Over the last five years the number of women on boards globally has been ascending but Asia shows no signs of progress.
Women on boards: Asia scores zero
Of the 1,016 Asian publicly listed companies included in the new Thomson Reuters D&I Index, the median percentage of women on boards was zero (just over half have no women on their boards) and has seen little progress over the last five years. Looking at the latest fiscal year data (FY0), 54% of all companies still had no women on their boards.
Women on boards last five years by region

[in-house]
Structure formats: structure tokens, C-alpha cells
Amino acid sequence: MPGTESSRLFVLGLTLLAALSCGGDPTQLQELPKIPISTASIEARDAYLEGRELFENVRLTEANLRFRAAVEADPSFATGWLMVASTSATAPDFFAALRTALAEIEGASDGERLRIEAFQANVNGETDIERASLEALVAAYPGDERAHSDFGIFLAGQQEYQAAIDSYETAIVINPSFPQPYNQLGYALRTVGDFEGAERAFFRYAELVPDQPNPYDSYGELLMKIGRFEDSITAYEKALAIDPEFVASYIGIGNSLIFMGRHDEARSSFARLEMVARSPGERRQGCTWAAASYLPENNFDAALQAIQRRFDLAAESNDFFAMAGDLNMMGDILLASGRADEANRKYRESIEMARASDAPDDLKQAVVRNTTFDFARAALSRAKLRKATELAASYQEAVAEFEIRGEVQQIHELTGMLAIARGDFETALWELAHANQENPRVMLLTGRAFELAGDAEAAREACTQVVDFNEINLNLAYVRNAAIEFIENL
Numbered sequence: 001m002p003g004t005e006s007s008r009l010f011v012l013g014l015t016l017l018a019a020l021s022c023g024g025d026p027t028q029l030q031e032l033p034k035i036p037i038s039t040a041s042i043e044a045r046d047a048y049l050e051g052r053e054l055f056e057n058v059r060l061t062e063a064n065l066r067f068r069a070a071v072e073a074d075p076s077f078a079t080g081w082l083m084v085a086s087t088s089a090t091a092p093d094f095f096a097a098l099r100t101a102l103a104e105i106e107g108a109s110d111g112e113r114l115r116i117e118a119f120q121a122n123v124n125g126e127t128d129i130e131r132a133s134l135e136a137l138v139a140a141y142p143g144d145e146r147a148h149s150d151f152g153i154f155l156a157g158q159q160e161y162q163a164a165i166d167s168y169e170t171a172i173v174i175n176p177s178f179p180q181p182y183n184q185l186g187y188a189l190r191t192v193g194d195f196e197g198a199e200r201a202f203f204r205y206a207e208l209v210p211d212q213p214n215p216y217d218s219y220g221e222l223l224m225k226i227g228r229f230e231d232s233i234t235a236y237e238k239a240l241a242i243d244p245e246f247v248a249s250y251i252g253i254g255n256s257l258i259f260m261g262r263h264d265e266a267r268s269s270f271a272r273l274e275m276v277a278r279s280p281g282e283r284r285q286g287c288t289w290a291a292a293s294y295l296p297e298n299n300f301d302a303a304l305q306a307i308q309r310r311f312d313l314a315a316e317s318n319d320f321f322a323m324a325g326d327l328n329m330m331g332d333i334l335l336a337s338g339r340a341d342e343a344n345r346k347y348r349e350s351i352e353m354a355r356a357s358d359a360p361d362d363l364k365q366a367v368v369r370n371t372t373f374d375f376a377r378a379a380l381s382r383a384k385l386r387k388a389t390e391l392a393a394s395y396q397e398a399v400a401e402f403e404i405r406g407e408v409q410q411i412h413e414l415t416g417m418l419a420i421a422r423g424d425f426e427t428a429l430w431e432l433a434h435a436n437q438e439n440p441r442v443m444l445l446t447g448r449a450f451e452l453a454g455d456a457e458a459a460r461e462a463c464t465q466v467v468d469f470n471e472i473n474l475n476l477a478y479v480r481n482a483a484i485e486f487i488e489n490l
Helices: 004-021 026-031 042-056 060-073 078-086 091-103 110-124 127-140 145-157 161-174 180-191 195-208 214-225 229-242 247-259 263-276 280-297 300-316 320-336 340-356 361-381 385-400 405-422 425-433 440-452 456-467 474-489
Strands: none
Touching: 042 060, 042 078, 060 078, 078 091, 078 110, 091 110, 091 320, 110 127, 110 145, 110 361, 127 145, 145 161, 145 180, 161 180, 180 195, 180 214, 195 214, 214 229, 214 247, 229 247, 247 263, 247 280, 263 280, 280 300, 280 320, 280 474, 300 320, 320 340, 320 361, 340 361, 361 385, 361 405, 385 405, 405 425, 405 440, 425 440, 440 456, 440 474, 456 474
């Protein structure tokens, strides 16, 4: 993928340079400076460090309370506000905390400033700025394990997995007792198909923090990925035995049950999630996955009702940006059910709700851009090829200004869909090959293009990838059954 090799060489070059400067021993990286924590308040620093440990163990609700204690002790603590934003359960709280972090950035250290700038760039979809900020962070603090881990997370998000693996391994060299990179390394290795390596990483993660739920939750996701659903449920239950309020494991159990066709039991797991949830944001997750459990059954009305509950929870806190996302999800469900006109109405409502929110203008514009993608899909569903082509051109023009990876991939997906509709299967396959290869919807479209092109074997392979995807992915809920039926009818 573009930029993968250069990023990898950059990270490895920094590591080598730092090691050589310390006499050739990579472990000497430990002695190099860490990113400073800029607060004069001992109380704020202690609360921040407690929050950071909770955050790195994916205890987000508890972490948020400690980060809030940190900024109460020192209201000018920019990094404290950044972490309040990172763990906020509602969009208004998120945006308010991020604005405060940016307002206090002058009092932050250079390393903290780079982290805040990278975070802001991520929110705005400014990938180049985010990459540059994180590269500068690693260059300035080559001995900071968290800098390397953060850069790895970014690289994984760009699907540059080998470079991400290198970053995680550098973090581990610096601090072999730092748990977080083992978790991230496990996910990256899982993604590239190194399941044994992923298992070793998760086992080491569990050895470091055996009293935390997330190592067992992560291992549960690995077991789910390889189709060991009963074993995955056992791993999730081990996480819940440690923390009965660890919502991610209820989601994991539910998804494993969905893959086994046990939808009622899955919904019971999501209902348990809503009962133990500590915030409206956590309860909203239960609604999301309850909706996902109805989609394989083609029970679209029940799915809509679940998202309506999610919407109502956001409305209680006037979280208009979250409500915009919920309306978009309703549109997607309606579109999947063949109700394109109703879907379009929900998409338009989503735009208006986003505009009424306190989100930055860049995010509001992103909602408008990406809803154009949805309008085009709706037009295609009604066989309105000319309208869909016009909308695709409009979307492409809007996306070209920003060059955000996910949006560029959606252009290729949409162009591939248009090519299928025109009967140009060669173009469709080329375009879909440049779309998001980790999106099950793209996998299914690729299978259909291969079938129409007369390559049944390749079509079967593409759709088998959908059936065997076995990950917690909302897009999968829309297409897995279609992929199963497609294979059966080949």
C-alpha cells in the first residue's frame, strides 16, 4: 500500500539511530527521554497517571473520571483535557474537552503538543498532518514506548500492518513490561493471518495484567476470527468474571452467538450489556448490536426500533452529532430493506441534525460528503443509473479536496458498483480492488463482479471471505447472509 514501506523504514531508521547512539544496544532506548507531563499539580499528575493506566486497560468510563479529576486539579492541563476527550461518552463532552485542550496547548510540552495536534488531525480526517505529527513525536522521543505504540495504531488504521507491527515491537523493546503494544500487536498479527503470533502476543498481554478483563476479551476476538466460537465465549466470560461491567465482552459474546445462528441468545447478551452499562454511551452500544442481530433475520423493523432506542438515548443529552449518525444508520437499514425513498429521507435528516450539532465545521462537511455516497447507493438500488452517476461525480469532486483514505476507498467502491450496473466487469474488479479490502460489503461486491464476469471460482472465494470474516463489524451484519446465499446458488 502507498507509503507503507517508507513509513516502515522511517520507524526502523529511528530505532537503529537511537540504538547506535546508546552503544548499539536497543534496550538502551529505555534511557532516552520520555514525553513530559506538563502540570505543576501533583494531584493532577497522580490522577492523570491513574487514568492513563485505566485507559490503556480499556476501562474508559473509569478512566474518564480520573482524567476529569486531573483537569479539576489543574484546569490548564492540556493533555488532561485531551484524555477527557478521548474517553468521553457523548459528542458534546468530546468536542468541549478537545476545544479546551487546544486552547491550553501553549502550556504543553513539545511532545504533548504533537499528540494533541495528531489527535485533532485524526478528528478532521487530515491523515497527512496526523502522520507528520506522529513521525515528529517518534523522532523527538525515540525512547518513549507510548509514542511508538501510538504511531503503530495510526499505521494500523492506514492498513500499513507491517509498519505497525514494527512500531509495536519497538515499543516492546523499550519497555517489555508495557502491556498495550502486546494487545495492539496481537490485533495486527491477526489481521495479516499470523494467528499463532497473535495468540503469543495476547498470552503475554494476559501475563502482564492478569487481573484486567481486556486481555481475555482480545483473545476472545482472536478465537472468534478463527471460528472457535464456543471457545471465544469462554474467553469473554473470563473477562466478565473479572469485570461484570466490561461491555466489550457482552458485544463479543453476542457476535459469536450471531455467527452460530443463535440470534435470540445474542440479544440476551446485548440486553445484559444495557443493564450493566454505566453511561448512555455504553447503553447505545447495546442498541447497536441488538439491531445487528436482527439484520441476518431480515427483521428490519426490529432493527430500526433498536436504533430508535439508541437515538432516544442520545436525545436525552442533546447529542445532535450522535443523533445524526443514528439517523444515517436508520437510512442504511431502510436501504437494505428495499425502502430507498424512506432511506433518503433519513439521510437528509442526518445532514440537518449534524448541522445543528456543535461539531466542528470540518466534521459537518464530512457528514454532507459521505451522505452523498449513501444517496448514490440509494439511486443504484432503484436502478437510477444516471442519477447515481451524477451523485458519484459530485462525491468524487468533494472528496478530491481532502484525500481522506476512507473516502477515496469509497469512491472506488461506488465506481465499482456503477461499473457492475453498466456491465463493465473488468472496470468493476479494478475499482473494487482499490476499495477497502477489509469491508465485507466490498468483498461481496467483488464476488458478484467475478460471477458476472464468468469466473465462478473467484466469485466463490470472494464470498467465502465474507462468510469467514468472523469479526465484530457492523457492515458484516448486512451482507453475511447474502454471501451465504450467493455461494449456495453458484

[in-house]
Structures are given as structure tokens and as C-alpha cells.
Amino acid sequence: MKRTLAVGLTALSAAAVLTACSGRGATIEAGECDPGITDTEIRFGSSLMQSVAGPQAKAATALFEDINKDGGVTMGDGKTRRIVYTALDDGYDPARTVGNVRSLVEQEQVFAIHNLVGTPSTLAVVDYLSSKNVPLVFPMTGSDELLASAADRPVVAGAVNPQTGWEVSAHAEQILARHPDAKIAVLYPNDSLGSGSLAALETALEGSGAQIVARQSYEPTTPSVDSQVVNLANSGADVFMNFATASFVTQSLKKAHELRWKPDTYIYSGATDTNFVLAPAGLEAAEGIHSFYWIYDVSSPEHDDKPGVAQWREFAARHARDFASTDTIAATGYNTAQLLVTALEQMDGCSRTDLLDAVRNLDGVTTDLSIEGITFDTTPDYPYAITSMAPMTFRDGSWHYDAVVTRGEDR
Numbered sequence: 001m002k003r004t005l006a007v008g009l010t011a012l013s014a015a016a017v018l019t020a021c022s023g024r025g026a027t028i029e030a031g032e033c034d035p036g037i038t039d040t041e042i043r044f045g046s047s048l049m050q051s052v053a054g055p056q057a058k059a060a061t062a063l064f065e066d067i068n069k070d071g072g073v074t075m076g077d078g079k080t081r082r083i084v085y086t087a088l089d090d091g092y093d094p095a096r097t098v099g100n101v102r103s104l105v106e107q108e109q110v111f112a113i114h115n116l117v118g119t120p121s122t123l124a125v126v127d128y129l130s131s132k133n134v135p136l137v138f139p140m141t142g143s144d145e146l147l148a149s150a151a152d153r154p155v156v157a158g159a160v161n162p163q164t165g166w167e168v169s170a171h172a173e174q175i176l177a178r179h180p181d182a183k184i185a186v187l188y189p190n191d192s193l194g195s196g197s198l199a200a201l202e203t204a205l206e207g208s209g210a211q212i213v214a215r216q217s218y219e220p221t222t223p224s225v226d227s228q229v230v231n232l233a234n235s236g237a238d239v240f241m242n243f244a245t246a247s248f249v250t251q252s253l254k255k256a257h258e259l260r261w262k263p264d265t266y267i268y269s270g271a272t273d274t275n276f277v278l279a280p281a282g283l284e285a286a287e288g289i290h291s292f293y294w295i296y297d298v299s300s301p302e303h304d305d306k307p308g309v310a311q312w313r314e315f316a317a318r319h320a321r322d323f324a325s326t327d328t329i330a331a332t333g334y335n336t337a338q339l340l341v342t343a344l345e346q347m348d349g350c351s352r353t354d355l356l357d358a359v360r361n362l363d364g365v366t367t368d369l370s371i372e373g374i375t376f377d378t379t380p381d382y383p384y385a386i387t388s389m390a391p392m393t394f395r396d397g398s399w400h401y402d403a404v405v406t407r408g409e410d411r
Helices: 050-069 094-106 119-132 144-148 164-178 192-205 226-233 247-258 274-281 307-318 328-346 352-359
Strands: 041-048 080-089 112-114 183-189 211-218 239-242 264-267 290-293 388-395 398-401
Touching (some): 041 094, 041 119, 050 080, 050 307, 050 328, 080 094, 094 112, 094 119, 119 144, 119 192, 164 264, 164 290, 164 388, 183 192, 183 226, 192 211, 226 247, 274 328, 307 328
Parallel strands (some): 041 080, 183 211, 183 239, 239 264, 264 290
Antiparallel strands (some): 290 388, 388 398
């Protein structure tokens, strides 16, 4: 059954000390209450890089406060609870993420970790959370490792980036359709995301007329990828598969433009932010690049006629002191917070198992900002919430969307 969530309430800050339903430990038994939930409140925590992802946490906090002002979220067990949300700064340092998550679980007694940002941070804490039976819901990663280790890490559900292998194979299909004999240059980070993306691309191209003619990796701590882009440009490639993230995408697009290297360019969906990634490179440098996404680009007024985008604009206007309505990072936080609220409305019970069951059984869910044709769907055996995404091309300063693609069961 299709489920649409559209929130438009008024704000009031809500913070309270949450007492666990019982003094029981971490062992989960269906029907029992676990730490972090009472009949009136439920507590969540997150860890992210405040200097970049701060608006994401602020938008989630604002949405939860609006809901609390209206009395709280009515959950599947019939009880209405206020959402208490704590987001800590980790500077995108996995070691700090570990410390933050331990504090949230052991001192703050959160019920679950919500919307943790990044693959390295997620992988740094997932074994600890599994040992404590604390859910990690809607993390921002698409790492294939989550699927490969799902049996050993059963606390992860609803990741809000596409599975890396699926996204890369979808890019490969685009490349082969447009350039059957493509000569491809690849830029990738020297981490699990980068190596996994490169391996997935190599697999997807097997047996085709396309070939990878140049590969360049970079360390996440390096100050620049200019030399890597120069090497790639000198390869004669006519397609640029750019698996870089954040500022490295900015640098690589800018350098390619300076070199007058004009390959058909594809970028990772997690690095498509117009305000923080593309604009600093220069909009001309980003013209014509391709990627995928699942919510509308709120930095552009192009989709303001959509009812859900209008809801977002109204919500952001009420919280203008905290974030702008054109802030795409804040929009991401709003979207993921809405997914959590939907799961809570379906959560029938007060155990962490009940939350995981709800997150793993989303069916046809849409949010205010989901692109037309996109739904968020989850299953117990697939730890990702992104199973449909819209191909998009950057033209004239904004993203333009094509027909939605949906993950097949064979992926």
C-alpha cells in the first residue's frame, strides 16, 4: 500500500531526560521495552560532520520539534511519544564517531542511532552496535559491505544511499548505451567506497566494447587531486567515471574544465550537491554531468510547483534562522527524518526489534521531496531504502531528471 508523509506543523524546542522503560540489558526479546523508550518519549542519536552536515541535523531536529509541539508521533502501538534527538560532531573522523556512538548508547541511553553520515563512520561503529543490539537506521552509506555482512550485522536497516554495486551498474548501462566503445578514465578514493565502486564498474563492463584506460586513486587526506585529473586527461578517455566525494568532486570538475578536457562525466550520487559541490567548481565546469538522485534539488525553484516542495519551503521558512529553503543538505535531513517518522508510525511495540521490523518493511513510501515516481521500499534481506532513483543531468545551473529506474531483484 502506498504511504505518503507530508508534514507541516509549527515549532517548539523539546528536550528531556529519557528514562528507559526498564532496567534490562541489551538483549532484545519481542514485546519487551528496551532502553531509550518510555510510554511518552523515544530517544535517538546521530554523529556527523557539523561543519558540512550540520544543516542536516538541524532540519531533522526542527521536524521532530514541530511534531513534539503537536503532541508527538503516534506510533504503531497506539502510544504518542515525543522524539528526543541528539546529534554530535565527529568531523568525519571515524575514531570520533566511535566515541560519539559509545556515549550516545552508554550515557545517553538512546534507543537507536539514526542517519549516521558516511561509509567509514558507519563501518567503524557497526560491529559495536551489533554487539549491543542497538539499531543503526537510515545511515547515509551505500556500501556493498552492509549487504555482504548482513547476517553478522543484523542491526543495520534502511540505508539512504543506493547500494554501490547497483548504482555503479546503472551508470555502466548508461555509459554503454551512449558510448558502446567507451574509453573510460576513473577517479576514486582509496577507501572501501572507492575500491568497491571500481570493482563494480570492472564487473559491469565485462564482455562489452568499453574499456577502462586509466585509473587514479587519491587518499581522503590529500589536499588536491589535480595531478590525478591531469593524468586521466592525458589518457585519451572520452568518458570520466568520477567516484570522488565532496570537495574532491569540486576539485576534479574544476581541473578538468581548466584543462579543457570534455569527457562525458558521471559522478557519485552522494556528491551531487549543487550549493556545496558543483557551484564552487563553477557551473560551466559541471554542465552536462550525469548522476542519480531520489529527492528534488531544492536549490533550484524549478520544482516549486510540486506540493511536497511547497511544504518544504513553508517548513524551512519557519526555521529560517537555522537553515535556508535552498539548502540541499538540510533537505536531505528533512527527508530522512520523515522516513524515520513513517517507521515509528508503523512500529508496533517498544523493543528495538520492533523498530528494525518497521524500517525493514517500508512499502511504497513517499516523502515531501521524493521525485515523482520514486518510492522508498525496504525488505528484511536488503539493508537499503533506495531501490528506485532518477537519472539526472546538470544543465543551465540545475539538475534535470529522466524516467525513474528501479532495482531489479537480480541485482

Where there is progress
The Oceania region saw a dramatic improvement in median representation of women on the boards of 248 mostly Australian companies. Most of this can be attributed to the ASX (Australian Securities Exchange) reporting guidelines, which caused a significant increase in disclosure around diversity-related information through the introduction of objectives.
Europe continues to see steady and strong growth in female representation on the boards of companies driven in no small part by mandatory regulations or quotas in countries such as France, where a 2011 law requires the CAC 40 boards to have women account for at least 40% of their members by 2017.
Another driver of growth has also been thanks to “voluntary” style approaches like in the UK which have seen substantial improvements over the same period.
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